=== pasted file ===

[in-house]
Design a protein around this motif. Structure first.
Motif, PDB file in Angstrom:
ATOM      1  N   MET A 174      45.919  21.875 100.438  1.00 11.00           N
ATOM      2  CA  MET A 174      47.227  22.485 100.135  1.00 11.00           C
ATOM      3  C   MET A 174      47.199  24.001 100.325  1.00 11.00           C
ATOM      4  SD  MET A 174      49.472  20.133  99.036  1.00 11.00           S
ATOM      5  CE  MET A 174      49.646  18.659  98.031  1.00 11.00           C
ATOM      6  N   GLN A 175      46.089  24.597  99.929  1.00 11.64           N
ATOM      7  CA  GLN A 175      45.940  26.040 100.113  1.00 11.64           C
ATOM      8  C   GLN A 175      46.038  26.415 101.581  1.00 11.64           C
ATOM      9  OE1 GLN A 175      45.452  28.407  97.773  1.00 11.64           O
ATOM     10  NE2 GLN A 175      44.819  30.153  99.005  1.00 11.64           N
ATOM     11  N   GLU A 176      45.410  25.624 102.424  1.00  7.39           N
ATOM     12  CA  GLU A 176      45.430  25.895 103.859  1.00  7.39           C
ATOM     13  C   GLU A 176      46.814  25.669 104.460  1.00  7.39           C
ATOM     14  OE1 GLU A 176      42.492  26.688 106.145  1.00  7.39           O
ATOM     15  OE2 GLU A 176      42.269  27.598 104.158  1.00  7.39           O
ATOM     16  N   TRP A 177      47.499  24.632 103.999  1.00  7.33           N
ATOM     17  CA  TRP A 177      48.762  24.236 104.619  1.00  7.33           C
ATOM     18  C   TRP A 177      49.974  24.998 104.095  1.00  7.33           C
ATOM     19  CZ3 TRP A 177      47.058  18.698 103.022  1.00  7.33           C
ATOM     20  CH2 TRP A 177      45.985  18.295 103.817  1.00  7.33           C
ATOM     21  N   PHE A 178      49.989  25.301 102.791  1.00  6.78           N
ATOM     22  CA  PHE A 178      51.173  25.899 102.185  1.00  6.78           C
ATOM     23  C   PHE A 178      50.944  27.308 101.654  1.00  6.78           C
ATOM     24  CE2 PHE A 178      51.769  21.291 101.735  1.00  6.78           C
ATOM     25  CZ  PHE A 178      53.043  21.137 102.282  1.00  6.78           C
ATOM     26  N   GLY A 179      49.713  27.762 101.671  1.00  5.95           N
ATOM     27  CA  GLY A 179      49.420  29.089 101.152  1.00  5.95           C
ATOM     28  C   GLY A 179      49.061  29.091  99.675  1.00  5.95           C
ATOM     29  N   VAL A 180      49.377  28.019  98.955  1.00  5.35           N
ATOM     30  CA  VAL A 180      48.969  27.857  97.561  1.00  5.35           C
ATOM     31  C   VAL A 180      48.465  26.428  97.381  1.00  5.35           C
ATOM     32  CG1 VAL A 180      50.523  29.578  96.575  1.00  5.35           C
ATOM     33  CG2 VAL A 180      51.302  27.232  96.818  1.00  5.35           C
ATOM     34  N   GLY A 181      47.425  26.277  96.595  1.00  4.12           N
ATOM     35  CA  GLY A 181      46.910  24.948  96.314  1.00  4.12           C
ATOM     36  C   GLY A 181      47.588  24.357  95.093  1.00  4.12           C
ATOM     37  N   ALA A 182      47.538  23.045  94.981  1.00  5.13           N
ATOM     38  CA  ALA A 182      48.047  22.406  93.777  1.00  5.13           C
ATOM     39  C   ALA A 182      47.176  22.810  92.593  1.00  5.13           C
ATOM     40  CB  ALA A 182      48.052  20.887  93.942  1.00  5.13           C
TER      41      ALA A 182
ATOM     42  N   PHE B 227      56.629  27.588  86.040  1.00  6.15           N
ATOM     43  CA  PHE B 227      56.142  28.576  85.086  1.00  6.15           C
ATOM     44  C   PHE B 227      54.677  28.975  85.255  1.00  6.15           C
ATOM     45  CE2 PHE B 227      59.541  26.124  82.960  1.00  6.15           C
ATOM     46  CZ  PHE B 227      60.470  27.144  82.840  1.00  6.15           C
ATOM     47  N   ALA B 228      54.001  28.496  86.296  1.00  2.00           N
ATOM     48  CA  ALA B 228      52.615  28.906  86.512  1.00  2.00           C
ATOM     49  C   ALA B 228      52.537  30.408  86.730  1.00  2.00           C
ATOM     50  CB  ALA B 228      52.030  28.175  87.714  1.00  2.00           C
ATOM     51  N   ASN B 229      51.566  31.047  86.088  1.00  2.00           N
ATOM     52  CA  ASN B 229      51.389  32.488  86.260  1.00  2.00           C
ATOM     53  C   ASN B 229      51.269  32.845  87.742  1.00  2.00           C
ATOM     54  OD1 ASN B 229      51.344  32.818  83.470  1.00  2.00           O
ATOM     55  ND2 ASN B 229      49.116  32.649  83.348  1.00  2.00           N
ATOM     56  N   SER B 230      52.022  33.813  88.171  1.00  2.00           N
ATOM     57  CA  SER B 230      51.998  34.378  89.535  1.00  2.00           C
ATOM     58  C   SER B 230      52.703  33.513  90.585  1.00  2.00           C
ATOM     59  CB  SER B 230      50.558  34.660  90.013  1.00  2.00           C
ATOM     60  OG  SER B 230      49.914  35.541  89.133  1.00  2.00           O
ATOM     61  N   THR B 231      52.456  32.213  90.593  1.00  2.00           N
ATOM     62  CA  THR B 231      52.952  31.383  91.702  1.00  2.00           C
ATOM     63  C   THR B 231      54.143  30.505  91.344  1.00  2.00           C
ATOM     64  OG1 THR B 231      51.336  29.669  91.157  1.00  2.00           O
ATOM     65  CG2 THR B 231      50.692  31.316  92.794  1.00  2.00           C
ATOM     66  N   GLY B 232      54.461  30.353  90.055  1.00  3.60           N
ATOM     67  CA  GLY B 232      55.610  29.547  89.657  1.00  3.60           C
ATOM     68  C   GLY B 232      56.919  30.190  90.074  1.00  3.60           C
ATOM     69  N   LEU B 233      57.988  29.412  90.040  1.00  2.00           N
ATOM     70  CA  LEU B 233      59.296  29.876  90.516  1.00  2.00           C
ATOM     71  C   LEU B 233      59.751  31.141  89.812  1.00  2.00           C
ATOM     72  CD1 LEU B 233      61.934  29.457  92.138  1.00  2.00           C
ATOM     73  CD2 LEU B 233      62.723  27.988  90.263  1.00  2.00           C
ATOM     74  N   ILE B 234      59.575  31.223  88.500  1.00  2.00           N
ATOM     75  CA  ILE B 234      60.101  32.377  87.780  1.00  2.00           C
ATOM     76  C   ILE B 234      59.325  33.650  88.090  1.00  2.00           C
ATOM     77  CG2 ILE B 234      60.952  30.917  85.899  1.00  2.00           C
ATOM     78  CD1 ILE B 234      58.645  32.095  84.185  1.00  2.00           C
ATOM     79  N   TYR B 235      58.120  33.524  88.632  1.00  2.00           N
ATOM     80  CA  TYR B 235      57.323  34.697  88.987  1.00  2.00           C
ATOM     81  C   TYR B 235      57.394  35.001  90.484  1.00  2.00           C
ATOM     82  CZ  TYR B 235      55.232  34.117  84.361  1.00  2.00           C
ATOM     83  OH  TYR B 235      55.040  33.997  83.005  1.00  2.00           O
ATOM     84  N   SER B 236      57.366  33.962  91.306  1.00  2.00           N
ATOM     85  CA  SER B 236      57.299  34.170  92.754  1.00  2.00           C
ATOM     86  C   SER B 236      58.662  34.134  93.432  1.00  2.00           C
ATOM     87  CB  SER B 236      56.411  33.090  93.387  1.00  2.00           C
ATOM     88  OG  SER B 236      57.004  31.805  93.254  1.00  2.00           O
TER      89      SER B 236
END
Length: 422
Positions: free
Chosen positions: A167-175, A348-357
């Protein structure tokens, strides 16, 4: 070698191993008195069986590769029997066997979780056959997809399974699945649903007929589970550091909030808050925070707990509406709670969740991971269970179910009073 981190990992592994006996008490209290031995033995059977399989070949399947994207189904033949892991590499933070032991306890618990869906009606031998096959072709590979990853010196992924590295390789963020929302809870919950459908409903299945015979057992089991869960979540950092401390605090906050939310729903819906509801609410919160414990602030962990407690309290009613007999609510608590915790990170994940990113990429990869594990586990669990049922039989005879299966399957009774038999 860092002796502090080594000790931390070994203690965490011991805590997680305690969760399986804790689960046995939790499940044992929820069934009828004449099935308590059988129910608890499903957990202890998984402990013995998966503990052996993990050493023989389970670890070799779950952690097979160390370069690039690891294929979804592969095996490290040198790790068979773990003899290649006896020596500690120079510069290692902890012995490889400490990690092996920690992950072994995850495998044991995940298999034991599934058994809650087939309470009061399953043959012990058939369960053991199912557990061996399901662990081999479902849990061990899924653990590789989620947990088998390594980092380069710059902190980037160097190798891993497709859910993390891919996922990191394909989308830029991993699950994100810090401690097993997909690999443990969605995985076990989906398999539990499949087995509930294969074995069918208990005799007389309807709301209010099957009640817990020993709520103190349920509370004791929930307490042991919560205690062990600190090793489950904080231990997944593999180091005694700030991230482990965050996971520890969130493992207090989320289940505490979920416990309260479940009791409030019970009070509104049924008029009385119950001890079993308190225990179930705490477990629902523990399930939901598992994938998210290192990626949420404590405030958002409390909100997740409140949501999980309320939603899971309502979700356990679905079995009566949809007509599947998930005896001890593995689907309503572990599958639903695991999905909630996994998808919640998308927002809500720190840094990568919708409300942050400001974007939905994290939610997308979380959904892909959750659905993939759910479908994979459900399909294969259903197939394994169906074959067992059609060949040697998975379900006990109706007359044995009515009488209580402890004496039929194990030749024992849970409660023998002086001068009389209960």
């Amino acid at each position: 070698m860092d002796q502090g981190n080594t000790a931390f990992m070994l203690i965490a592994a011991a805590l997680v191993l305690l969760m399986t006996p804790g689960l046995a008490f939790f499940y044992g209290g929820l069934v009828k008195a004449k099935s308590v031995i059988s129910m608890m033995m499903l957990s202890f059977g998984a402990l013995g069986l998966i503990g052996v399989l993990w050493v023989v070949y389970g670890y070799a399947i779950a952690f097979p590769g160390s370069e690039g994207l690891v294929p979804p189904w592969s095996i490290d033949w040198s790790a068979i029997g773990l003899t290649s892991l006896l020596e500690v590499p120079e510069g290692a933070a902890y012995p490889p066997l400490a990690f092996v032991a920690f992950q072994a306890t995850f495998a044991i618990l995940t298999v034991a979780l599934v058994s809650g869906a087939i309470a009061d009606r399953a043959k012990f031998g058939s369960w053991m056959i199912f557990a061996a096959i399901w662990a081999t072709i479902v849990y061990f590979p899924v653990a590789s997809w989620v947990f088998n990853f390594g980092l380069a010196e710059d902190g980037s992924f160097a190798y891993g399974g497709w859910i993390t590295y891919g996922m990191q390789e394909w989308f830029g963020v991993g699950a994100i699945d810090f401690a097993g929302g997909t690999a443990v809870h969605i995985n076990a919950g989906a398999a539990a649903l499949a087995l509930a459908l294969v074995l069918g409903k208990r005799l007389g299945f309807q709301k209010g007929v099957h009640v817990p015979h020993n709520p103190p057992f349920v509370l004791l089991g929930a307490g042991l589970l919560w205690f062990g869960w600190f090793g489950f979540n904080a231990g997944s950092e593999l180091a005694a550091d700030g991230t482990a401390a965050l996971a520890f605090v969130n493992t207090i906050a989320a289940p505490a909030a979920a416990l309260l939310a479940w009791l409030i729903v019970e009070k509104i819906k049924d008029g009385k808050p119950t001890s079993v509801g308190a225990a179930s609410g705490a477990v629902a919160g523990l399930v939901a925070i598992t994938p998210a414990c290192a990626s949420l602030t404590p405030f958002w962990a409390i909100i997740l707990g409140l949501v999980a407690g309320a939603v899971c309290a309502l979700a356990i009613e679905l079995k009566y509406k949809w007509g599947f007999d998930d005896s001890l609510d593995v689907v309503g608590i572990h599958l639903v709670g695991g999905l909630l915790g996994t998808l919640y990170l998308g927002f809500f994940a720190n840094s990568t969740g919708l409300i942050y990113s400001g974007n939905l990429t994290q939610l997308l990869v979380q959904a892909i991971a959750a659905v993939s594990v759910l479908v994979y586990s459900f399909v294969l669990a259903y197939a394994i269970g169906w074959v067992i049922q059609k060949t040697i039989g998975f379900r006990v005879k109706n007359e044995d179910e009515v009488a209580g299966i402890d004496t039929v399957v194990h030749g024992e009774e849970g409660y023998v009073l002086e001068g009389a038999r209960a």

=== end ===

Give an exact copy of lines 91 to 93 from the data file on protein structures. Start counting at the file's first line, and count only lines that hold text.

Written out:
ATOM     88  OG  SER B 236      57.004  31.805  93.254  1.00  2.00           O
TER      89      SER B 236
END